From 2008 until now
The new site swarl.org was organized by Yury Bondarenko, a Russian SWL living and working in Sweden. This site provides fresh information to all those interested in radio. In fact, with this site, plus the issuing of SWL calls and awards, Yury’s contribution to SWARL is of vital importance.
At the end of 2009 the call sign system, which was run by Yury, converted from manual to half-automatic, and the number of issued calls increased till up to 70 per day, then a little decreased and stabilized at 6-10 per day. Currently SWARL has registered over 3000 SWL calls, thus becoming the largest international independent issuer of free SWL calls.
Looking at the developments in general during the period the SWARL has been in existence, there has been a strong decline in broadcasting on short waves and SWL activities related to this type of listening. Amateur radio, however, has been prospering although the fact that those who are active in this hobby are to a high percentage retired people, and the hobby does not attract very many young enthusiasts. SWL activities on the Ham band have decreased considerably for many years now, due to various reasons:
1. Eastern European radio amateurs had previously to be registered for a compulsory period as SWLs, during which they were expected to listen and send reports and obtain QSLs. This regulation is no longer in existence.
2. It has become much easier to become a transmitting radio amateur, since many countries do not require command of CW for issuing the license. A high percentage of SWLs did not know CW and remained SWLs for that reason.
3. The general problem of local interference from electronic devices (plasma TV etc.) is an obstacle for many SWLs to carry on with the listening hobby.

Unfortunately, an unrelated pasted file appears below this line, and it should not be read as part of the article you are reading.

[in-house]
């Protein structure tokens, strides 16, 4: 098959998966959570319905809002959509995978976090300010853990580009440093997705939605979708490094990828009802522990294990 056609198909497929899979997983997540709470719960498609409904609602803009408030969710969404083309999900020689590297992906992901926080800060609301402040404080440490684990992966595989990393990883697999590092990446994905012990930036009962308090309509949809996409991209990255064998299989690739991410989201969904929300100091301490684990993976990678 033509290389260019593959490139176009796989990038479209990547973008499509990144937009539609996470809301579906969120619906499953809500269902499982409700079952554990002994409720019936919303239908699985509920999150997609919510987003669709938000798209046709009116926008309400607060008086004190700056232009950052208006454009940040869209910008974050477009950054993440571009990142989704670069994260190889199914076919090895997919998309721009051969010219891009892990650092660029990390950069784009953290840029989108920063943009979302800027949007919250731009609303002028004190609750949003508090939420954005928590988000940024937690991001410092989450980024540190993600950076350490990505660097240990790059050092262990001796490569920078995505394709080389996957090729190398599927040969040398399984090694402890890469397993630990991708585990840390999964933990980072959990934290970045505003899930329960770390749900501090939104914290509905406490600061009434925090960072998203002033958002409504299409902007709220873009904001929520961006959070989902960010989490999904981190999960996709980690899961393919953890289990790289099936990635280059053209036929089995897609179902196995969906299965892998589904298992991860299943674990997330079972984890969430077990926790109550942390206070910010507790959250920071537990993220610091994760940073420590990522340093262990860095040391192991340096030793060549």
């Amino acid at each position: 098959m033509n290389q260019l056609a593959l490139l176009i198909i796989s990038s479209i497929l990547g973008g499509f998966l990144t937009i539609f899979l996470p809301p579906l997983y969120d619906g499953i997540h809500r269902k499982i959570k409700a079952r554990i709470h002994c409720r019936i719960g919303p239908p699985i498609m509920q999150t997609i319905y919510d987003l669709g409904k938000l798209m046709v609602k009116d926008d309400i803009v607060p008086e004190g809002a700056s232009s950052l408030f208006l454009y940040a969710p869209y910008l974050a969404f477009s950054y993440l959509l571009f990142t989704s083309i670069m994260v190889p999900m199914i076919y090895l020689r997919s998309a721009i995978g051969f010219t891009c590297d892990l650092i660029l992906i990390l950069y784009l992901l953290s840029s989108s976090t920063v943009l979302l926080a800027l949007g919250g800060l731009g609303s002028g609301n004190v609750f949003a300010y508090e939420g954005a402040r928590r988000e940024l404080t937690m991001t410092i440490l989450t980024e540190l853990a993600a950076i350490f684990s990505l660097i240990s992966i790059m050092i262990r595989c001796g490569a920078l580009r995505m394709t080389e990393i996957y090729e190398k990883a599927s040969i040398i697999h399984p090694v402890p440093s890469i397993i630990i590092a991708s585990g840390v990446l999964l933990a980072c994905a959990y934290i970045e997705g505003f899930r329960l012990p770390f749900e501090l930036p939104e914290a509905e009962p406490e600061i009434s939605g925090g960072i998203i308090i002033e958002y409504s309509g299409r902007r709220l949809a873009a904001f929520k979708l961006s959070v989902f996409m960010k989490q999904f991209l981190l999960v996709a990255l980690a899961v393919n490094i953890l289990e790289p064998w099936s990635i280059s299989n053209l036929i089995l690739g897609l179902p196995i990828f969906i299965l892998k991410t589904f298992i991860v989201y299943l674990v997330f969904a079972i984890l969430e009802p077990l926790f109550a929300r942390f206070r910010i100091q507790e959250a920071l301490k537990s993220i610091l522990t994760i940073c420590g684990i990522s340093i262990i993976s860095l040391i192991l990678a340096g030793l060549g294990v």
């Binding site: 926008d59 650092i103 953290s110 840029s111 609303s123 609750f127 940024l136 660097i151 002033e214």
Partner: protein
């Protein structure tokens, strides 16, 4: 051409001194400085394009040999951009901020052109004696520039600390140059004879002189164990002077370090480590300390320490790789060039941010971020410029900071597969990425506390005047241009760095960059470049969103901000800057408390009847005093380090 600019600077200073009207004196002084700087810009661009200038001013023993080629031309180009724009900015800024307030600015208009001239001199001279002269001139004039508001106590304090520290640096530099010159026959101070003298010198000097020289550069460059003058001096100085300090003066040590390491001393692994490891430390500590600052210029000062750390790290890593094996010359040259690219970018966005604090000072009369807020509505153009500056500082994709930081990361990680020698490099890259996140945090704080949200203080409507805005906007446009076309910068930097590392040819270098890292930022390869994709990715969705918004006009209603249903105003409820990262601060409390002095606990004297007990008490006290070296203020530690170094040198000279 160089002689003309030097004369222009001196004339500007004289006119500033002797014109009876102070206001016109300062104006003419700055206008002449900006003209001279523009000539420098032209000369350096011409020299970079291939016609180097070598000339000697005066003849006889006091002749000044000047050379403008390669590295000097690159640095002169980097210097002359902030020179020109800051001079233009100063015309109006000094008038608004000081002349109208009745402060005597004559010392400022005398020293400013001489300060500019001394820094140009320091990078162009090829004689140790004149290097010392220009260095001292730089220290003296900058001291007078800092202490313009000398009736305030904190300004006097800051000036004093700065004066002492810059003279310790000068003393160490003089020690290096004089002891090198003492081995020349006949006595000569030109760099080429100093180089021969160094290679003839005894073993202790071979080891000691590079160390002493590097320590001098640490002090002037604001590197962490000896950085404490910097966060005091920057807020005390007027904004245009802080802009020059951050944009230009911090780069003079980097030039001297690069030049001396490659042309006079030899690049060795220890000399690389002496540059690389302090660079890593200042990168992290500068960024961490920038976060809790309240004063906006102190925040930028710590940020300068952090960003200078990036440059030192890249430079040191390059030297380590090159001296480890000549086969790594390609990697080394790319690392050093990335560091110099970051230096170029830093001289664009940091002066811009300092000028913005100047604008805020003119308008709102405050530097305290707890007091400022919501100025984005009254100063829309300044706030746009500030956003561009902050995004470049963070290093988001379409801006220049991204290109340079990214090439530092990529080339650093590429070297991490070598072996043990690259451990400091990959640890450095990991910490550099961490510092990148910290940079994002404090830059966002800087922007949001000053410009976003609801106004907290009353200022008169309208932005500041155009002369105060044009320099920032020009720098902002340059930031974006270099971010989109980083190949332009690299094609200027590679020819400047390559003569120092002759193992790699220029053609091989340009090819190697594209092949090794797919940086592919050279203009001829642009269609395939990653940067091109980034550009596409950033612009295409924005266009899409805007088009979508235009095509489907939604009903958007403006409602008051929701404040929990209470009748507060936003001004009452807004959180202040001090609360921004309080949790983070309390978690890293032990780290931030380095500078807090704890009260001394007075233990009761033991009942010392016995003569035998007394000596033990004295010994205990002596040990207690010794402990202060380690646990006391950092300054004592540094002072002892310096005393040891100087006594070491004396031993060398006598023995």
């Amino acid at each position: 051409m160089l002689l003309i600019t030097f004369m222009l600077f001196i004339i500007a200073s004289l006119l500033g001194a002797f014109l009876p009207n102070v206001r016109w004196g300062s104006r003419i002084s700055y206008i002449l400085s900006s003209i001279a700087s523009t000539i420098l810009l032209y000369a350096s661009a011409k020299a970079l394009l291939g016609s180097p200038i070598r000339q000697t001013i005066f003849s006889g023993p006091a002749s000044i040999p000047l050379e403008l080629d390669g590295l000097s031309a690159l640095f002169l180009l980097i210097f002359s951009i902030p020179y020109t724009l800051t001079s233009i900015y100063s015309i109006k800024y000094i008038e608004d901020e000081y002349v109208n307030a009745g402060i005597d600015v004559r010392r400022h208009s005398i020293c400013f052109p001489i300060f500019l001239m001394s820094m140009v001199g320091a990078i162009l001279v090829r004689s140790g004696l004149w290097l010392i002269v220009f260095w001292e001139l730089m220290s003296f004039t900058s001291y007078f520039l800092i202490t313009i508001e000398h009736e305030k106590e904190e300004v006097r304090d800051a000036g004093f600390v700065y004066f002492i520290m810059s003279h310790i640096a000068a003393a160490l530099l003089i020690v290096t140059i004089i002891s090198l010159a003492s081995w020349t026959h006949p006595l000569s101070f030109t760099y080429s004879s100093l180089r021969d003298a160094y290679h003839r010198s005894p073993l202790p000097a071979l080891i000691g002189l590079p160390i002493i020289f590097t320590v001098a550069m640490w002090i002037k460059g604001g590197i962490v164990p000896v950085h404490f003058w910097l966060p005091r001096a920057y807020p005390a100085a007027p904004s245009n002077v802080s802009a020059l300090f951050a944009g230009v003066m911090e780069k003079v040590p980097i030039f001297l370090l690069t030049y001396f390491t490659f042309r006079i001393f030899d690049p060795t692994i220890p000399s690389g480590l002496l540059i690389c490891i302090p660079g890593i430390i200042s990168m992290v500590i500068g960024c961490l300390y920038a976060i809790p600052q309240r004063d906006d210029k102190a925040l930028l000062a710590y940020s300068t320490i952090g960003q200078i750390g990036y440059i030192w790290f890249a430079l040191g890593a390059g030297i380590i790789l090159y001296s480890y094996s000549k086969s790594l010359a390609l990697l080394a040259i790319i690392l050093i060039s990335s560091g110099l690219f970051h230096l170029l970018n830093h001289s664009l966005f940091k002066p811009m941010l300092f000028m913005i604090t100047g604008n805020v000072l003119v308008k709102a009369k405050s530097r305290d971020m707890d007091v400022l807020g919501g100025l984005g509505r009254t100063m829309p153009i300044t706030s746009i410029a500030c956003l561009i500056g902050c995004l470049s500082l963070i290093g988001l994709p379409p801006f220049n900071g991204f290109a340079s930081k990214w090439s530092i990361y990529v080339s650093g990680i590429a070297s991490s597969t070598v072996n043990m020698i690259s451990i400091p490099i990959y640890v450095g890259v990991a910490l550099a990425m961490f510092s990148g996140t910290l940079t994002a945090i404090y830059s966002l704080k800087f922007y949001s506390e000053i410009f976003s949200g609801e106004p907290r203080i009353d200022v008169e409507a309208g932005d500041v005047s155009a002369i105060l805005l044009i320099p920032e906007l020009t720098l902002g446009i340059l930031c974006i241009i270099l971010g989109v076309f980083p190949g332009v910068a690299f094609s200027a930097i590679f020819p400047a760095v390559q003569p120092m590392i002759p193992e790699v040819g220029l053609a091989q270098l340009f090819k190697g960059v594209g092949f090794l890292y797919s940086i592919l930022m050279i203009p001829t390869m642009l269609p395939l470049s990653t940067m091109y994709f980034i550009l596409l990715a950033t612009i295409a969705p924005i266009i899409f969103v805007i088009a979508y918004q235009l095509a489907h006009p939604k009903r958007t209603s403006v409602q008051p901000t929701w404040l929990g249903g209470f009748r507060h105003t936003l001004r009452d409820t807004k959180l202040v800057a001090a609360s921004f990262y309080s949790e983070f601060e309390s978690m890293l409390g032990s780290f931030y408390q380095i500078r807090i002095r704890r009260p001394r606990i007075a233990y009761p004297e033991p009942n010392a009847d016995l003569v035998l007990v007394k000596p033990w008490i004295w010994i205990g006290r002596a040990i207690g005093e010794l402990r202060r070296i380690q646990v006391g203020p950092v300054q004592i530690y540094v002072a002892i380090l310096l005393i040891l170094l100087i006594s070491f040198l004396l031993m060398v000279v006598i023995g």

For a number of years now SWARL has served as a medium for mutual help and friendship among SWLs and some licensed radio amateurs who keep an interest in SWLing.
Ruud, NL290, has been running for many years ShortWave Listening Period Contests for members and others interested. IOTA activities are highly cherished by some active members, and regular reporting on this issue takes place.
The Brave Radio Friends with Hans Schmelzer DE3EAR has got award programs running in collaboration with SWARL. So SWARL is capable of taking care of the needs and interests of SWLs everywhere. Although the number of published messages 2012-2013 has been slightly lower than during the years following the reshuffle at the end of 2007, the interest is far from declining.
And after a new reorganization of the management early 2013, introducing four new moderators instead of the only moderator Marshall Cubitt, who resigned at the end of 2012, the revitalization process is very evident. We are a healthy and active organization.
The aim of SWARL is defined in the following lines presently:
Devoted to Short Wave Listeners primarily interested in monitoring the Ham Bands and participating as SWL's in the various Ham Contests. Open to all SWL's and Hams. Secondly shortwave broadcasts and even AM radio logging and other related subjects with in the radio hobby
The present staff of moderators and their e-mail addresses are given here:
Compiled by Ullmar Qvick in collaboration with Yury Bonkarenko in June 2013.